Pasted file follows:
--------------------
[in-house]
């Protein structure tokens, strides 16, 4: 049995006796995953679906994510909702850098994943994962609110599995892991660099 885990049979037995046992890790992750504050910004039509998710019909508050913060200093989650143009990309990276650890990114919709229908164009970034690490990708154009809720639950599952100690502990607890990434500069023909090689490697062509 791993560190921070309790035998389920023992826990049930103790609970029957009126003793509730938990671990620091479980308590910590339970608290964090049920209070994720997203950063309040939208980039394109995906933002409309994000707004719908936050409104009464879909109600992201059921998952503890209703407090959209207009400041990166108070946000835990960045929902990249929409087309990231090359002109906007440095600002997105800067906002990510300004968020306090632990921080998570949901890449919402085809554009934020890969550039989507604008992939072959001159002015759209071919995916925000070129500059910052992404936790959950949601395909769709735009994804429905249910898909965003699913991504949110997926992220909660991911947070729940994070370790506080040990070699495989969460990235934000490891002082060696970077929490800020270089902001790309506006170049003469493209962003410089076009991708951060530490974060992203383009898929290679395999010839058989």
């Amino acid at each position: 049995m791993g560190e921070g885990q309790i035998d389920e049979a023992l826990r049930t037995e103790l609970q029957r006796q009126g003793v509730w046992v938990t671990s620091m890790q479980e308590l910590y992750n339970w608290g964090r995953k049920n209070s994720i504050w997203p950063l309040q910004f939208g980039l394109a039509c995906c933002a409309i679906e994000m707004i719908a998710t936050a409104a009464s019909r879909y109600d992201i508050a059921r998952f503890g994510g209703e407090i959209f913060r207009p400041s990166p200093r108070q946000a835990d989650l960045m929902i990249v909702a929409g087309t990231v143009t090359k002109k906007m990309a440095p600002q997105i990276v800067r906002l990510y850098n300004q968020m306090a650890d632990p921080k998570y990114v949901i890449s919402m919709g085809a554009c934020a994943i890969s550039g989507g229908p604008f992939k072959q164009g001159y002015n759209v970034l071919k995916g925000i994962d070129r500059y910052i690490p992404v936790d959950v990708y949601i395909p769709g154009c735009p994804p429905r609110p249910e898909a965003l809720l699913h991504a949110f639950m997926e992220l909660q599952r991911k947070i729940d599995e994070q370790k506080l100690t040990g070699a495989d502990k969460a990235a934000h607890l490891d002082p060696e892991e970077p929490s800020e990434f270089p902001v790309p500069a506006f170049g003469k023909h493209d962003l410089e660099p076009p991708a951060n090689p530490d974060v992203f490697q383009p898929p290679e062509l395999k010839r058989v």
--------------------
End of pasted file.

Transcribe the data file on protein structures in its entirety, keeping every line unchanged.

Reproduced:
[in-house]
């Protein structure tokens, strides 16, 4: 049995006796995953679906994510909702850098994943994962609110599995892991660099 885990049979037995046992890790992750504050910004039509998710019909508050913060200093989650143009990309990276650890990114919709229908164009970034690490990708154009809720639950599952100690502990607890990434500069023909090689490697062509 791993560190921070309790035998389920023992826990049930103790609970029957009126003793509730938990671990620091479980308590910590339970608290964090049920209070994720997203950063309040939208980039394109995906933002409309994000707004719908936050409104009464879909109600992201059921998952503890209703407090959209207009400041990166108070946000835990960045929902990249929409087309990231090359002109906007440095600002997105800067906002990510300004968020306090632990921080998570949901890449919402085809554009934020890969550039989507604008992939072959001159002015759209071919995916925000070129500059910052992404936790959950949601395909769709735009994804429905249910898909965003699913991504949110997926992220909660991911947070729940994070370790506080040990070699495989969460990235934000490891002082060696970077929490800020270089902001790309506006170049003469493209962003410089076009991708951060530490974060992203383009898929290679395999010839058989």
């Amino acid at each position: 049995m791993g560190e921070g885990q309790i035998d389920e049979a023992l826990r049930t037995e103790l609970q029957r006796q009126g003793v509730w046992v938990t671990s620091m890790q479980e308590l910590y992750n339970w608290g964090r995953k049920n209070s994720i504050w997203p950063l309040q910004f939208g980039l394109a039509c995906c933002a409309i679906e994000m707004i719908a998710t936050a409104a009464s019909r879909y109600d992201i508050a059921r998952f503890g994510g209703e407090i959209f913060r207009p400041s990166p200093r108070q946000a835990d989650l960045m929902i990249v909702a929409g087309t990231v143009t090359k002109k906007m990309a440095p600002q997105i990276v800067r906002l990510y850098n300004q968020m306090a650890d632990p921080k998570y990114v949901i890449s919402m919709g085809a554009c934020a994943i890969s550039g989507g229908p604008f992939k072959q164009g001159y002015n759209v970034l071919k995916g925000i994962d070129r500059y910052i690490p992404v936790d959950v990708y949601i395909p769709g154009c735009p994804p429905r609110p249910e898909a965003l809720l699913h991504a949110f639950m997926e992220l909660q599952r991911k947070i729940d599995e994070q370790k506080l100690t040990g070699a495989d502990k969460a990235a934000h607890l490891d002082p060696e892991e970077p929490s800020e990434f270089p902001v790309p500069a506006f170049g003469k023909h493209d962003l410089e660099p076009p991708a951060n090689p530490d974060v992203f490697q383009p898929p290679e062509l395999k010839r058989v």